What’s a someday boat license?

You don't own a boat yet but want to learn how to drive? Are you traveling and want to rent a boat? Then you should take a look at a one day boating license.

The terms and conditions for boating licenses vary significantly by state. For example, you may find that your state may not even have a “One Day Boating License”, but you can obtain something like a “Boating Instructional Certificate”. This shows that you have successfully completed a boat safety course. However, since this may not need to be renewed, technically it is still not a boat license.

Visit your state's official website for specific boating laws and regulations, as well as information about a one-day boating license course. This website should contain a list of the agencies that offer such training and what the law requires to deport a day. Government requirements usually depend on the age of the operator and the power of the boat engine.

Most states require training prior to operating any watercraft. Otherwise, it is still a good idea to avoid accidents for yourself and others. A boating school said the U.S. Coast Guard reported that approximately 70% of accidents were caused by boater mistakes. And, according to the American Boating Association, “A 1997 study estimated that 84% of personal watercraft (PWC) operators (including renters) had not received any boating instruction. PWC injuries account for 36% of all reported boat injuries.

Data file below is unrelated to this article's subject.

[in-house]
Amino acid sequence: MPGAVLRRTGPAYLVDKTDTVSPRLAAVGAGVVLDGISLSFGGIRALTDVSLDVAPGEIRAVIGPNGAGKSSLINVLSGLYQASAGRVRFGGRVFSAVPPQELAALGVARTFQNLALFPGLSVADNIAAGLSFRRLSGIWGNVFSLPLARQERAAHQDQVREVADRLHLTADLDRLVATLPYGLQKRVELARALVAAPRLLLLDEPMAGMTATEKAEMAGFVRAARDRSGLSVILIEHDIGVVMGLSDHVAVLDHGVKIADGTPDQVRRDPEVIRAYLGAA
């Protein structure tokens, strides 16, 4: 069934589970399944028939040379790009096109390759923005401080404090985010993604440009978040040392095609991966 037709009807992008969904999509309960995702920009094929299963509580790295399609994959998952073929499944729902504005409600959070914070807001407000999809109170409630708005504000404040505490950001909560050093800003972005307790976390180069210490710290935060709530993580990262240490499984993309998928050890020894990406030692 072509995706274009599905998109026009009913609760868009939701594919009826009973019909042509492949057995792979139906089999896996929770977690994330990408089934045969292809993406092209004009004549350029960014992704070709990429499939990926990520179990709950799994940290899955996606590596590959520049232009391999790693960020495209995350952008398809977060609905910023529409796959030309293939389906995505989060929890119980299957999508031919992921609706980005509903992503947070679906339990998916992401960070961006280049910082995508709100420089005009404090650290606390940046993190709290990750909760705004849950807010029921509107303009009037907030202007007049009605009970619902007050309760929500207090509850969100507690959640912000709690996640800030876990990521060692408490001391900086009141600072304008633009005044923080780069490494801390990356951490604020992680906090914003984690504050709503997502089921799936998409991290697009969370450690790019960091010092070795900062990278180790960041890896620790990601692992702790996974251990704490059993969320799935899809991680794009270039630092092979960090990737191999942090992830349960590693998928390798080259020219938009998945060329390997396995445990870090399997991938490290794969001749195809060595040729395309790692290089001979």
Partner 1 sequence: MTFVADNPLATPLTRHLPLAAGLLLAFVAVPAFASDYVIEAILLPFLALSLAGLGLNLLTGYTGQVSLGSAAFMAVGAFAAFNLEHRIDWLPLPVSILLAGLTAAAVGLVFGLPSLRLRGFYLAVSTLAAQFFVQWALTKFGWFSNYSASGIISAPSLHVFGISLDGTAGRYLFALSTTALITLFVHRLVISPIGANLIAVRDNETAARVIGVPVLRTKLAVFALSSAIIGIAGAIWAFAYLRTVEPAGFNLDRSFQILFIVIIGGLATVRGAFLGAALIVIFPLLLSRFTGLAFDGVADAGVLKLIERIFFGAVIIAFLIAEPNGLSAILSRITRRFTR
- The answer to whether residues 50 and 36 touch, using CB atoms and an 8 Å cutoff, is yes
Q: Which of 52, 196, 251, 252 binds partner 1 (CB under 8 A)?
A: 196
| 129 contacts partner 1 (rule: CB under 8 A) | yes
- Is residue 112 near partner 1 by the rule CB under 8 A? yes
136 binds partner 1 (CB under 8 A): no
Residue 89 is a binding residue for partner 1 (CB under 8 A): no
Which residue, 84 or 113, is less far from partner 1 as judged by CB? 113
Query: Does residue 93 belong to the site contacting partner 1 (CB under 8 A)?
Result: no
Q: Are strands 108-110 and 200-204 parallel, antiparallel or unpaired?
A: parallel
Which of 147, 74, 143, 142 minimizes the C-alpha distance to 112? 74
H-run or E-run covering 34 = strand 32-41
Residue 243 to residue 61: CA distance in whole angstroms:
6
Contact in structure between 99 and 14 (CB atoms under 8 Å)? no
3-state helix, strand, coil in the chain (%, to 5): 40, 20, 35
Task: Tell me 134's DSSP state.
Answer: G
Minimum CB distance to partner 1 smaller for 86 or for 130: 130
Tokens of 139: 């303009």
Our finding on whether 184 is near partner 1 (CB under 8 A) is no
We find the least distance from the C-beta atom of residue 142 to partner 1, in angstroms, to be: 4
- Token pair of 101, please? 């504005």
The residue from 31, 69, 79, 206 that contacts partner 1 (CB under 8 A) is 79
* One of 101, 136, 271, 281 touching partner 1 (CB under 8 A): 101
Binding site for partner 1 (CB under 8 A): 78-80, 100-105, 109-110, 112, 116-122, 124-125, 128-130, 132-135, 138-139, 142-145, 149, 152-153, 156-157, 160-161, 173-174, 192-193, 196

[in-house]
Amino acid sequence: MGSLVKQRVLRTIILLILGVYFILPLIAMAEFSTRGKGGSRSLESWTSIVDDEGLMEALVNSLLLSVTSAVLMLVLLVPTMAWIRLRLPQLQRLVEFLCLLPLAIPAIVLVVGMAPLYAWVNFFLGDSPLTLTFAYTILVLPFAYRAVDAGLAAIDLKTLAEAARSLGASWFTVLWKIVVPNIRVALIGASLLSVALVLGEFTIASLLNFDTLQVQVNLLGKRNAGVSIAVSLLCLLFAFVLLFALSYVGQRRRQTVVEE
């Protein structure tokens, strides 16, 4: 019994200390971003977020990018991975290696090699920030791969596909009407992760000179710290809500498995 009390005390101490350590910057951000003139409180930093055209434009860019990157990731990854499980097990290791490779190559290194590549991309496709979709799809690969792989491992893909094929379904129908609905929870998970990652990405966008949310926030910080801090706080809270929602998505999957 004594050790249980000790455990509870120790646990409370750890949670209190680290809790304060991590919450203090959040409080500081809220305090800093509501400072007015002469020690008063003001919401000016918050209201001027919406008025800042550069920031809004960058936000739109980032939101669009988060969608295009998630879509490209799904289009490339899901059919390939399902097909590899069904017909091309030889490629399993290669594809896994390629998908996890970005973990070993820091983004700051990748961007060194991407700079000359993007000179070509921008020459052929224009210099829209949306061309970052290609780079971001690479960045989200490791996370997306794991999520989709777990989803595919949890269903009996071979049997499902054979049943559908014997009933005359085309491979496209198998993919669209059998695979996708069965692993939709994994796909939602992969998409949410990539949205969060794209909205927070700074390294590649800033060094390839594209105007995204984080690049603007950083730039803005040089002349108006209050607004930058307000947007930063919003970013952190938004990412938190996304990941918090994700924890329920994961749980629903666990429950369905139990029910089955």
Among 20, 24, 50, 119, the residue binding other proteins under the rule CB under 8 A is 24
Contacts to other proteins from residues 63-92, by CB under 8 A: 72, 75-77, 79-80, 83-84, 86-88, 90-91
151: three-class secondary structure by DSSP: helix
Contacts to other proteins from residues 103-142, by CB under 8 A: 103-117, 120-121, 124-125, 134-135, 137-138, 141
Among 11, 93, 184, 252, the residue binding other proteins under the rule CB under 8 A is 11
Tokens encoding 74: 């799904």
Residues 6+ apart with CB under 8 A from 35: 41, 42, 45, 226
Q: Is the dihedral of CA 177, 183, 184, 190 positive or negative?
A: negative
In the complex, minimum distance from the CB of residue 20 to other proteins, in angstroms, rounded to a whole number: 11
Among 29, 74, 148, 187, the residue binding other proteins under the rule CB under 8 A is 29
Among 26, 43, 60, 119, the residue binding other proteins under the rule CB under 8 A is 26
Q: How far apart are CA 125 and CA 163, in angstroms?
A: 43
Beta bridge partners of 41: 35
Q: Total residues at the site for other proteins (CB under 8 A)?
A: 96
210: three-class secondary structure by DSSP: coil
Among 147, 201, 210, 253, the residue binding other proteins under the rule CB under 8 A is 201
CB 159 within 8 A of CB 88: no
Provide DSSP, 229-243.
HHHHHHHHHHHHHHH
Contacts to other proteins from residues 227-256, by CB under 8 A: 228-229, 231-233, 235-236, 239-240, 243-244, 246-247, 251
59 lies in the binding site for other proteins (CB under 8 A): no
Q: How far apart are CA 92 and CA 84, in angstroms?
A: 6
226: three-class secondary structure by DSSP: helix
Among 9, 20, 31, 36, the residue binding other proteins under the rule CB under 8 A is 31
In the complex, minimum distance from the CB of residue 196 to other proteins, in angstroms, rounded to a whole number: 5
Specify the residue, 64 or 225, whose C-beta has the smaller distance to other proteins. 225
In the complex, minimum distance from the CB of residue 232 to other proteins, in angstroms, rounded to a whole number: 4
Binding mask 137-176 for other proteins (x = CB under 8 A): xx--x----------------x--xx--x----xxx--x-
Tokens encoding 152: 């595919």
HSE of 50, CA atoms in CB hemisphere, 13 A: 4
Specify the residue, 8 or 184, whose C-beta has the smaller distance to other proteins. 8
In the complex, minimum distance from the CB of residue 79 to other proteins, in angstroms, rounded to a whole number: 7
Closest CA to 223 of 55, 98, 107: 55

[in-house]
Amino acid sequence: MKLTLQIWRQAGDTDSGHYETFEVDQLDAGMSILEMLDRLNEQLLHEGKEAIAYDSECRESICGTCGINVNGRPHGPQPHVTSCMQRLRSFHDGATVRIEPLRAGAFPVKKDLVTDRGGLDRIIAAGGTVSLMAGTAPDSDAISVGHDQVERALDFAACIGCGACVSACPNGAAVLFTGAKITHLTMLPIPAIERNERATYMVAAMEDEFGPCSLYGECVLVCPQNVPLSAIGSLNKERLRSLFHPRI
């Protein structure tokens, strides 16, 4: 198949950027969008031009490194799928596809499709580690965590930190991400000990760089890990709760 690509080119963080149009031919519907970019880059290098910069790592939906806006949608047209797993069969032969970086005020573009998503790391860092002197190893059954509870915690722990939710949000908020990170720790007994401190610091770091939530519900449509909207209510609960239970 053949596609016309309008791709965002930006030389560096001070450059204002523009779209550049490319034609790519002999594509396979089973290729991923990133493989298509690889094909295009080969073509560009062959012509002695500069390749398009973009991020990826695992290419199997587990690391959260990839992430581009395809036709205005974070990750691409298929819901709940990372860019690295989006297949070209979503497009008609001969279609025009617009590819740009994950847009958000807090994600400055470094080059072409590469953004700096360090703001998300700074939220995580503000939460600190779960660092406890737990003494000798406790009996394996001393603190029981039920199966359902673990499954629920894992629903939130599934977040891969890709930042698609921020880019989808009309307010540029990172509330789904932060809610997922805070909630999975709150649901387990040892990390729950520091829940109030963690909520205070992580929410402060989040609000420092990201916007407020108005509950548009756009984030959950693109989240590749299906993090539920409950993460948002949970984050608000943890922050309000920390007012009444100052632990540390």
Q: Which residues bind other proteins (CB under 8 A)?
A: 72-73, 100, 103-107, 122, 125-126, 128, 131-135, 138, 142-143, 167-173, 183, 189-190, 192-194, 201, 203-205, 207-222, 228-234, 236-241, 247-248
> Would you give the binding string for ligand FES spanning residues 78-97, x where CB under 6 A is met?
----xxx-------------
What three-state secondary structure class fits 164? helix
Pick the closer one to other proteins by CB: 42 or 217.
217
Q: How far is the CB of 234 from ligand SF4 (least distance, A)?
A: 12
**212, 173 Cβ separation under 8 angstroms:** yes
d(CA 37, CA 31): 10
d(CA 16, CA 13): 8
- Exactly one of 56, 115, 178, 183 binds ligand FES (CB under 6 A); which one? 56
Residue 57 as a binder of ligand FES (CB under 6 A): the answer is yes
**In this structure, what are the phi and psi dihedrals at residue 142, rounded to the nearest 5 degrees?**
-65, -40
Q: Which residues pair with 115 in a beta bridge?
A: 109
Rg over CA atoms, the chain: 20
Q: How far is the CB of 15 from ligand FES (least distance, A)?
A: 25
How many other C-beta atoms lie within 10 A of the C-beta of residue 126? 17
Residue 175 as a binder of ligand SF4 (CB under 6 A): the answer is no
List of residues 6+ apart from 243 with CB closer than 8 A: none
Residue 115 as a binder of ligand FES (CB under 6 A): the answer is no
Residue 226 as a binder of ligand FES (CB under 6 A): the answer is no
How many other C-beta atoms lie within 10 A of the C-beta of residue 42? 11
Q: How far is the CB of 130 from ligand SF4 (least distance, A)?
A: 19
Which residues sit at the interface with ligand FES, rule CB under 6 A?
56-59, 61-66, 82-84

The best way to ensure that you can legally operate a boat in any state is to take a boating course in your state for a one-day boating license or more. A good place to start is from the same website that you register your boat on. You may find that the paperwork is transferable and you may not even have it with you for rental as long as you sign the paperwork that shows it is complete. But there is a wise saying, "It is better to have it and not need it than to need it and not have it." Most importantly, the additional safety information from this course will help keep you and your passengers safe.

Andy Whitcomb

Andy is an outdoor writer (http://www.justkeepreeling.com/) and stressed-out dad has contributed over 380 blogs to takemefishing.org since 2011. Born in Florida but raised on the banks of farm ponds in Oklahoma, he now hunts pike, small bass and steelhead in Pennsylvania. After acquiring a B.S. He studied zoology at OSU and has worked in fish hatcheries and as a fisheries research technician at OSU, in the state of Iowa and in the state of Michigan.

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